29 Positive Impacts of EI Specialized services and support increase the chances young children will develop to their full potential Young children who receive EI are better prepared for school and later life Family needs are addressed by providing emotional support and information to help them promote their child’s development and function as their child’s best advocate 29

30 Role in the Community It is limitless! Connections Advising Presenting
Media Projects Outreach There are so many roles that you can play within your community in general and within community-based organizations. Also, don’t forget about your medical community as an opportunity to educate and engage groups of people with your message. 30

31 The Win/Win Healthy, thriving children as a result of building lifelong health and an economically sound and thriving community/society Opens up professional doors and opportunities for you and the families and communities you serve It’s fun and rewarding!!!! 31

32 Barriers Time, time, time “One more thing” Reimbursement
Education and knowledge Perceived or real lack of community resources “I identified an issue, now what?” Remember that reaching out to partners, while it takes some time investment, can definitely expand your current capacity. We also know that there is a limit to what can be accomplished in 15 minutes with a patient on a good day. The team approach and viewing your entire clinical interface as part of the encounter, from pre- and inter-visit communication, to waiting room time and interaction with your entire staff, is one way to expand the scope of what can be addressed. The growing list of important issues to address is real. Pediatric surveys often reveal that pediatricians may not know how to implement a service or screen, or they feel adept around an issue area and are particularly concerned in instances when they are unaware of what to do if a concern is identified (who to refer to/what next). 32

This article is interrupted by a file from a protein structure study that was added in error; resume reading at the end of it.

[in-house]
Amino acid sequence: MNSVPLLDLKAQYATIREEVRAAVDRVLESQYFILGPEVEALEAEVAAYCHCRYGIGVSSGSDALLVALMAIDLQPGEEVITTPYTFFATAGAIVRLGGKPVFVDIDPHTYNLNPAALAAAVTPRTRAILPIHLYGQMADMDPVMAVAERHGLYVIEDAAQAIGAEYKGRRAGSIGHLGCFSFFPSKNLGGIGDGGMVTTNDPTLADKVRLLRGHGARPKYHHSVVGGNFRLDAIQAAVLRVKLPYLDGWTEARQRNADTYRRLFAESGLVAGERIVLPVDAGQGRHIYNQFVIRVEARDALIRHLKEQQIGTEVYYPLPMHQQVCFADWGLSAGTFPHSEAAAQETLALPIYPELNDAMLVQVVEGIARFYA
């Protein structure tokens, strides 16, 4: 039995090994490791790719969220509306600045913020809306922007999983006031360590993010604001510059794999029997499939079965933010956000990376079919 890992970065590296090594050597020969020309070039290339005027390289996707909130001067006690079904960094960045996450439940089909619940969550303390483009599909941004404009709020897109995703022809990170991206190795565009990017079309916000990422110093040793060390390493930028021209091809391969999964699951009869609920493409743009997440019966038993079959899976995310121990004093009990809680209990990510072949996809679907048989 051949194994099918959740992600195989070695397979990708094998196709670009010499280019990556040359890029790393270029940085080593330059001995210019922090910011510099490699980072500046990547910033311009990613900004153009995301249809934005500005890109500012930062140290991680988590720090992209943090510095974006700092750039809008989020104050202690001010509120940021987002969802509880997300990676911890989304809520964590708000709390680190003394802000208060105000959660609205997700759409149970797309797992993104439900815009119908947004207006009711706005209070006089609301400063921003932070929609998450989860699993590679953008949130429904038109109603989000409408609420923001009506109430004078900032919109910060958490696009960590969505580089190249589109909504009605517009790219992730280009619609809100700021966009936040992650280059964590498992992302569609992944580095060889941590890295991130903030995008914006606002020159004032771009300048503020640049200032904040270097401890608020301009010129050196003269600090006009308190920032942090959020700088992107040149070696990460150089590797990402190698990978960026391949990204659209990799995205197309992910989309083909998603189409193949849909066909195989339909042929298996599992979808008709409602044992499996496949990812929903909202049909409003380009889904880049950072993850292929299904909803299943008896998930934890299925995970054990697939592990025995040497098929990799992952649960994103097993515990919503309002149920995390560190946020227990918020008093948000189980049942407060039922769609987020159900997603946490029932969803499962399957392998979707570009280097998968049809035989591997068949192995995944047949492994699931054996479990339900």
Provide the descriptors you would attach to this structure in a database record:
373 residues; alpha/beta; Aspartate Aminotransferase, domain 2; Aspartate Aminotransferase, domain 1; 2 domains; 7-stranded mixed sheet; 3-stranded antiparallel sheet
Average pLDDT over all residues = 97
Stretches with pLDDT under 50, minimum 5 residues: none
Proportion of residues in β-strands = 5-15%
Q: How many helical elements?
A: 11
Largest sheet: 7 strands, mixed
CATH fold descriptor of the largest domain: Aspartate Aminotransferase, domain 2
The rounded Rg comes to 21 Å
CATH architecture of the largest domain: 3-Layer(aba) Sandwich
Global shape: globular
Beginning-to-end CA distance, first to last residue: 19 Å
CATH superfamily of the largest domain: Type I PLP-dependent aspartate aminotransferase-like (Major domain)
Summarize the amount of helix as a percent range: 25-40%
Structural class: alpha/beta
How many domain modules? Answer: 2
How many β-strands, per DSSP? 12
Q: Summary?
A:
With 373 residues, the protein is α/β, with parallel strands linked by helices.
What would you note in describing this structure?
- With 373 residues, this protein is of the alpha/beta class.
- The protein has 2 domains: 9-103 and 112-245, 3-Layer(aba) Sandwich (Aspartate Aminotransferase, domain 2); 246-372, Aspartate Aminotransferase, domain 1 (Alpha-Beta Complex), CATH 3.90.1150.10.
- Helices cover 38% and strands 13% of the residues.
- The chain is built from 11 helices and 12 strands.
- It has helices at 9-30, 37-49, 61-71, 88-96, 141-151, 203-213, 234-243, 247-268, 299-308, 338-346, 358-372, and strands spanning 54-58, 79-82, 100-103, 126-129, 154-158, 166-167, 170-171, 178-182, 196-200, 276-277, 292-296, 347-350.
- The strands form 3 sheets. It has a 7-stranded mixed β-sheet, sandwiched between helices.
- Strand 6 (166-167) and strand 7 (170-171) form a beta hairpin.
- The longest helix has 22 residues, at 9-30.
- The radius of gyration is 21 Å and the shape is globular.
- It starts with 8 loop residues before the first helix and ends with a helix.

33 Making Bright Futures Real!